You want to punch someone? Here’s a pillow. Punch it for all it’s worth. Let me know if we need to bring you another one. You want to throw something? A stuffed animal is a much better choice than your ceramic piggy bank. Aim at the wall, your door, your bed. Never throw things at people.
You want to scream? Me, too, buddy. In ways I hope you will never know. Head up to your room or go out into the garage and let that anger reverberate against the walls. You don’t need an audience to see it; we can hear you just fine from anywhere in the house.
Once their anger was released, we would talk about what sparked the emotion. Perhaps they didn’t want to stop their playtime to go to bed. Sometimes they were mad at a sibling who beat them at a game. Occasionally they couldn’t even explain why they were mad, they just knew they were. Whatever the case may be, I would take time to listen. I tried to understand. I wanted my children to know that their perspective mattered. If it was important to them, then it was important to me.
Maybe my discipline options weren’t always they best, and maybe they won’t work for all situations, but they helped us survive the “torrential threes” with each of our children and provided a path for self-awareness early on. As they became older, they were able to recognize their own emotions and take responsibility for the actions that followed.
They taught me how to be a better parent.
They taught be how to be a better person.
Over the weekend and throughout this week, we have seen anger and rage at every turn. The City of Richmond is currently under an 8pm nightly curfew with local businesses and landmarks being vandalized and destroyed. A city bus was set on fire. Stores were robbed. Tear gas thrown at kneeling protestors. Profanity sprayed on museum entrances.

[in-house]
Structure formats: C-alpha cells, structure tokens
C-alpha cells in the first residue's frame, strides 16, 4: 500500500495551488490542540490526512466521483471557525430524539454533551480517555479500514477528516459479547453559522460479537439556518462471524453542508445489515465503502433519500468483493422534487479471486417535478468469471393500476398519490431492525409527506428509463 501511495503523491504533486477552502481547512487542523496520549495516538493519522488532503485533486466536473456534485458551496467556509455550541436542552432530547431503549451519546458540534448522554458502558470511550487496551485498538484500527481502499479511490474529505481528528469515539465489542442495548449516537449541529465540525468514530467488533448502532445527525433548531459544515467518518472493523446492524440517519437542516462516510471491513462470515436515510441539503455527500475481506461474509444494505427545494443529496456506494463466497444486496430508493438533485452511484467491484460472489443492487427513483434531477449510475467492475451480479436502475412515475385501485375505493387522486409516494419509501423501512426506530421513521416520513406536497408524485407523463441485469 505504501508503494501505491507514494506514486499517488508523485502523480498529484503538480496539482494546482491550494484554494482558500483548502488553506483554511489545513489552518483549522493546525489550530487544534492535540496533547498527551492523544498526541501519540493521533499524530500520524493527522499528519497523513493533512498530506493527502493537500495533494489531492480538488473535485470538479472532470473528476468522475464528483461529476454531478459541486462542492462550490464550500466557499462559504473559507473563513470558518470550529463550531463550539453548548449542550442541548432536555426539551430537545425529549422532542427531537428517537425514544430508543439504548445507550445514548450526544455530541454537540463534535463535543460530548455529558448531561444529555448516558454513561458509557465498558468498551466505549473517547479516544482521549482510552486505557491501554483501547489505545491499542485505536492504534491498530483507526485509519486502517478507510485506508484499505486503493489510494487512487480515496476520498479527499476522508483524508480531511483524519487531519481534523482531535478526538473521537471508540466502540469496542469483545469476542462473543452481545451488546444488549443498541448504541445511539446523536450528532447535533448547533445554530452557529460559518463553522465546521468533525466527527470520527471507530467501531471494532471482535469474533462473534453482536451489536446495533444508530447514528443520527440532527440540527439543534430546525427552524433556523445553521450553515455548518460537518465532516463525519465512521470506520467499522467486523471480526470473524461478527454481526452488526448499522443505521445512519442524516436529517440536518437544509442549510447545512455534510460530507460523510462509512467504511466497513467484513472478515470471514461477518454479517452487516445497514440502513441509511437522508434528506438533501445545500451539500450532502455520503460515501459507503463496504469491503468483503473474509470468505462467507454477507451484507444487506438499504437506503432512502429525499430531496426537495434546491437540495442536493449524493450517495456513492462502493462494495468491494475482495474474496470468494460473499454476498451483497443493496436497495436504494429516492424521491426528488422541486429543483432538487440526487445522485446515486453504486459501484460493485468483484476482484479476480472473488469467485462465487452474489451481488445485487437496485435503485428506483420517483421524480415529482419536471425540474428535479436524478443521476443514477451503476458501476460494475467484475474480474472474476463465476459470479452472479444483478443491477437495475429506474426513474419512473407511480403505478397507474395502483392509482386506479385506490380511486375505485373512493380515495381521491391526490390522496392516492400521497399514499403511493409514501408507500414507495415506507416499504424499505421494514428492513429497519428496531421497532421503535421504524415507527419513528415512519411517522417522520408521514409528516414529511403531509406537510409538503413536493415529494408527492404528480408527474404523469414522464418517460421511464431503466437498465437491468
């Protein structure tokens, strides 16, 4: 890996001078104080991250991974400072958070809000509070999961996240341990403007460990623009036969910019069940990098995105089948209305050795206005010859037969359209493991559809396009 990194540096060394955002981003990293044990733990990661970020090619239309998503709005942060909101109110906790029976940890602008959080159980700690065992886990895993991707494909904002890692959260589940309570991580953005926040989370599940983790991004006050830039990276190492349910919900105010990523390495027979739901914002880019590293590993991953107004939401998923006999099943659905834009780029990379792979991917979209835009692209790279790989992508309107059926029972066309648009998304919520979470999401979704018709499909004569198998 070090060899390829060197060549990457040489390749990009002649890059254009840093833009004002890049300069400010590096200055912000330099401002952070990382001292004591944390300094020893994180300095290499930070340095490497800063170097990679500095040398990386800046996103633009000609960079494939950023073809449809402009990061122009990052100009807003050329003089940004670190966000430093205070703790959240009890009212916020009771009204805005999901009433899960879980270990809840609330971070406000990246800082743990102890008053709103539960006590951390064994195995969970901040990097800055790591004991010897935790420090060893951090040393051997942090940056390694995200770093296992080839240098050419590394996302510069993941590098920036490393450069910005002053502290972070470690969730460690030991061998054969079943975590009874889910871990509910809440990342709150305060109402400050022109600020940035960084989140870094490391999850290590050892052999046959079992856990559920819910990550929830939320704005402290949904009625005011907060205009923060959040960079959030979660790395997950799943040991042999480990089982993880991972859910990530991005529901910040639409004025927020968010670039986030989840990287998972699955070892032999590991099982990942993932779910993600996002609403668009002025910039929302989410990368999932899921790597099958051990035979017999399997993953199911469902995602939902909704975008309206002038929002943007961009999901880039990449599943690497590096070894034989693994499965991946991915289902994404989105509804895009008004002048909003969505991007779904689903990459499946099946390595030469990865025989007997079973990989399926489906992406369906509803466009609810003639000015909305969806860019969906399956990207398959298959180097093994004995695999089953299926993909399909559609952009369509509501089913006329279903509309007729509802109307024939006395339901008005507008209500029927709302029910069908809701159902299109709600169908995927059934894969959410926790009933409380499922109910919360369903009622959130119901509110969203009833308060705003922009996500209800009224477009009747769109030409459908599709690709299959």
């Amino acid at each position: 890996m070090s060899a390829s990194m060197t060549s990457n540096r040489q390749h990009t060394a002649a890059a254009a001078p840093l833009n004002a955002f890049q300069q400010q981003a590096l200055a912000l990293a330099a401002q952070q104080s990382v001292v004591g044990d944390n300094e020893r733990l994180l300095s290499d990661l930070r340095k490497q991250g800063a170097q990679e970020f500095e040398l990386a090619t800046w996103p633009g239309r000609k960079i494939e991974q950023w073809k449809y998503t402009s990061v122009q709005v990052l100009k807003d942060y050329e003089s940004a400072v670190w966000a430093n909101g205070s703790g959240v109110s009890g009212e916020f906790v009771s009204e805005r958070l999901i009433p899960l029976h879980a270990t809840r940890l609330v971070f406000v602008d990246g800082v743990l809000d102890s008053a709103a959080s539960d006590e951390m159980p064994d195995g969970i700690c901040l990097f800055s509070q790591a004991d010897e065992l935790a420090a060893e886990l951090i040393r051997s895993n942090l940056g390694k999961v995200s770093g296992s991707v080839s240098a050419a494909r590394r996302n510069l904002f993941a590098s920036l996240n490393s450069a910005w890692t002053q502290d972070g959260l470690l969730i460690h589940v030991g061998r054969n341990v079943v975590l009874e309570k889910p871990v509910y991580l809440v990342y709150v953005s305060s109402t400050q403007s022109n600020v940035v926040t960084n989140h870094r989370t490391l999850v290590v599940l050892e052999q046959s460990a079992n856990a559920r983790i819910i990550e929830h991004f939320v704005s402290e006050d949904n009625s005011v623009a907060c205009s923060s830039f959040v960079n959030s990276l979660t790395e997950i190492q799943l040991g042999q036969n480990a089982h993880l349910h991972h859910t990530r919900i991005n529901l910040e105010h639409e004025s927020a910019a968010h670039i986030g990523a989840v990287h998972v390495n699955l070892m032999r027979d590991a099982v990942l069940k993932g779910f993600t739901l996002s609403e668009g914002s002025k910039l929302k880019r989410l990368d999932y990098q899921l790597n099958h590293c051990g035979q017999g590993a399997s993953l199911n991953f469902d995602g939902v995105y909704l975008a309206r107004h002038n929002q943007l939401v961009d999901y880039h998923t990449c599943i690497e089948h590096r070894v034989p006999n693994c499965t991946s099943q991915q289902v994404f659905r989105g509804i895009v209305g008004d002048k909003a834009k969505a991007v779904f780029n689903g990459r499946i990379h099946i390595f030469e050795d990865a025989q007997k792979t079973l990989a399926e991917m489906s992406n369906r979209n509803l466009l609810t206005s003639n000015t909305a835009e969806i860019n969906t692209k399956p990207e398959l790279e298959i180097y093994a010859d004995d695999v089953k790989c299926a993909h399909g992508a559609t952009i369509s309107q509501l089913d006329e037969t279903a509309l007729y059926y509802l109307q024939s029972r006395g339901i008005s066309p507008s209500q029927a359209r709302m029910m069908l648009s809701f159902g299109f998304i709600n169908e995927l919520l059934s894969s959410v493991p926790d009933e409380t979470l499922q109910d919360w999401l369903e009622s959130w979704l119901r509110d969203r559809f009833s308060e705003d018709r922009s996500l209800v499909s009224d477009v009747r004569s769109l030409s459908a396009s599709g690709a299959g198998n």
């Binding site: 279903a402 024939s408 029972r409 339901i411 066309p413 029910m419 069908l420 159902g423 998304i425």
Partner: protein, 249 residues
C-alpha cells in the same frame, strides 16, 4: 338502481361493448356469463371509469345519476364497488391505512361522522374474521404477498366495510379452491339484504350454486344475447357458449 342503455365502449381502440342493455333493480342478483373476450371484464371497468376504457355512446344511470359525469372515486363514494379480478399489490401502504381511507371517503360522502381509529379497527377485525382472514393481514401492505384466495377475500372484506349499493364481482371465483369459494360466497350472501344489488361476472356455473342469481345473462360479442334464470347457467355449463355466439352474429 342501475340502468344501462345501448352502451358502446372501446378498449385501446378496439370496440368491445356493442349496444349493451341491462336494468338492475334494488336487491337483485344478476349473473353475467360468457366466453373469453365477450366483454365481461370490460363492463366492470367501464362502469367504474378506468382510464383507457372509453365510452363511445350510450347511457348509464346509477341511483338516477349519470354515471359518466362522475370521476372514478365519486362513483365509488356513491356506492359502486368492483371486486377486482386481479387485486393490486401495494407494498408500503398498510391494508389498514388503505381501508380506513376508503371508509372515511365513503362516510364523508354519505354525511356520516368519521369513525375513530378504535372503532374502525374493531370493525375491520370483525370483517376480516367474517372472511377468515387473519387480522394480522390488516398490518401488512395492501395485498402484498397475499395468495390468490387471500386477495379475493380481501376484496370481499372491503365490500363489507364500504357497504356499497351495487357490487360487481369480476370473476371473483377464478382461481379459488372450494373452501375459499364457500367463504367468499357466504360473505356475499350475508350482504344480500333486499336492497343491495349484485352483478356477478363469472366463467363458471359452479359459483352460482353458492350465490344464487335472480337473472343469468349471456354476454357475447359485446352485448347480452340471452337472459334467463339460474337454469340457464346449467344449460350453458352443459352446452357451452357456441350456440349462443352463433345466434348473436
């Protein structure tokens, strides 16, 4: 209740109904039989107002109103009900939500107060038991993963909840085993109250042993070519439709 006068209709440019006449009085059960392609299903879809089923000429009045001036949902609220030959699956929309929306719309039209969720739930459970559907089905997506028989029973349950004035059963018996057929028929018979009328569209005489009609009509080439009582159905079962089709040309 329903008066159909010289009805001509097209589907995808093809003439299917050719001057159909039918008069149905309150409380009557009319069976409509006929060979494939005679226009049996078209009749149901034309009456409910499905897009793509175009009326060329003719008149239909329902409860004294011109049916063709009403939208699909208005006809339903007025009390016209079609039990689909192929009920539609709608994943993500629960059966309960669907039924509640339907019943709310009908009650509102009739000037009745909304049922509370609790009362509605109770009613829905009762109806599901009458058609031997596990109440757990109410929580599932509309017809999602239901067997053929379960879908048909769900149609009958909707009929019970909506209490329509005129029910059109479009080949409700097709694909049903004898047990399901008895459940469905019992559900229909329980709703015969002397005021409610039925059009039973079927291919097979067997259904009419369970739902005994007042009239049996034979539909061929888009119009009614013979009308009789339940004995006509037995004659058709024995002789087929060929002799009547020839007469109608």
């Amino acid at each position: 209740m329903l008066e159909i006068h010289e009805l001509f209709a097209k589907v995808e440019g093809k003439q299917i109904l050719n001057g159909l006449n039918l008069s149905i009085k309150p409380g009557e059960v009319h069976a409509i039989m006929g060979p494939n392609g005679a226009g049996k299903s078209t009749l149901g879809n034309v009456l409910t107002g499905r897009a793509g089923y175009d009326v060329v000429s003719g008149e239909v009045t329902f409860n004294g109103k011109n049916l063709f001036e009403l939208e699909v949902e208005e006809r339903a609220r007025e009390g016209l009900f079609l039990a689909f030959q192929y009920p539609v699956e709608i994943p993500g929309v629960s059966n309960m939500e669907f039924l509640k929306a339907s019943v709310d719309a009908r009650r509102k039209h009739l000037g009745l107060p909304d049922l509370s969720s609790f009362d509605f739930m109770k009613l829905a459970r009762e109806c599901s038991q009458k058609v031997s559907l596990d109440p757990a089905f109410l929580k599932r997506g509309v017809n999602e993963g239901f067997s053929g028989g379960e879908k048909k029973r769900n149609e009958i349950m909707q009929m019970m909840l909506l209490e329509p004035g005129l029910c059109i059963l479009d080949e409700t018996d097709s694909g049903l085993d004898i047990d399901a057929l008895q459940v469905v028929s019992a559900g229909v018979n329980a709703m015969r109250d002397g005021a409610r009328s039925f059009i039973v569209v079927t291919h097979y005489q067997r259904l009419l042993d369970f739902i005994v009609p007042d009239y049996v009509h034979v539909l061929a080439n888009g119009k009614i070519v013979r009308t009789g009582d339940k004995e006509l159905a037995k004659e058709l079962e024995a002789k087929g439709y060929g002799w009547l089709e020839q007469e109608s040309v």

There is an uprising of emotion and it’s calling attention to the systemic problem of racial injustice in our country. It’s pushing the door a bit wider to open vital conversations we need to have with our children and with one another.
About taking action.
As I sit with my children watching the news reports on T.V., we dive deeper into questions about bias and race. We talk about the “why” behind behaviors and stretch our capacity to empathize with others who may look or speak differently. We tackle tough topics like how to get along with people whose views and perspectives don’t match our own.
We try to recognize in ourselves the word choices we use when we describe the events that unfold. We make sure to discuss not only the destructive forces shown, but spotlight the actions done well to promote change. We dismantle our own biases regarding protests and riots, making sure to uplift the peacekeepers who share their voices with passion, purpose, and respect.
We emphasize the importance of not making assumptions for all by the actions of a few. We empower our children to make their own decisions in fighting for equity and justice for others.
I continue my quest to cultivate kindness in this broken world. It’s imperative that we step out of our comfort zones and make space for the experiences of others that are different from our own. Some people do this in big, awe-inspiring, grandiose ways. Others make their impact with small, simple steps. Both are needed to move our country forward in a positive direction.
Some people may say, “Things will never change.” I emphatically disagree! Change is a culmination of the efforts of many and often takes time. We can can start the process by listening and learning. We need to understand the constraints of others. We must value the experiences that others describe and look for ways to accept their perspectives. We need to teach and inspire others to do the same. These are the principles that help us grow in empathy and compassion.
Every single one of of us was created with gifts to share with this world.
Every. Single. One.
How we treat others and how we treat ourselves is part of this life journey that sets the stage for the next generation.
When we see injustice, we have a duty to do something about it. We must recognize anger and rage and take responsibility to make it better.
I’m still a work in progress, but I’m trying. I hope you will try, too.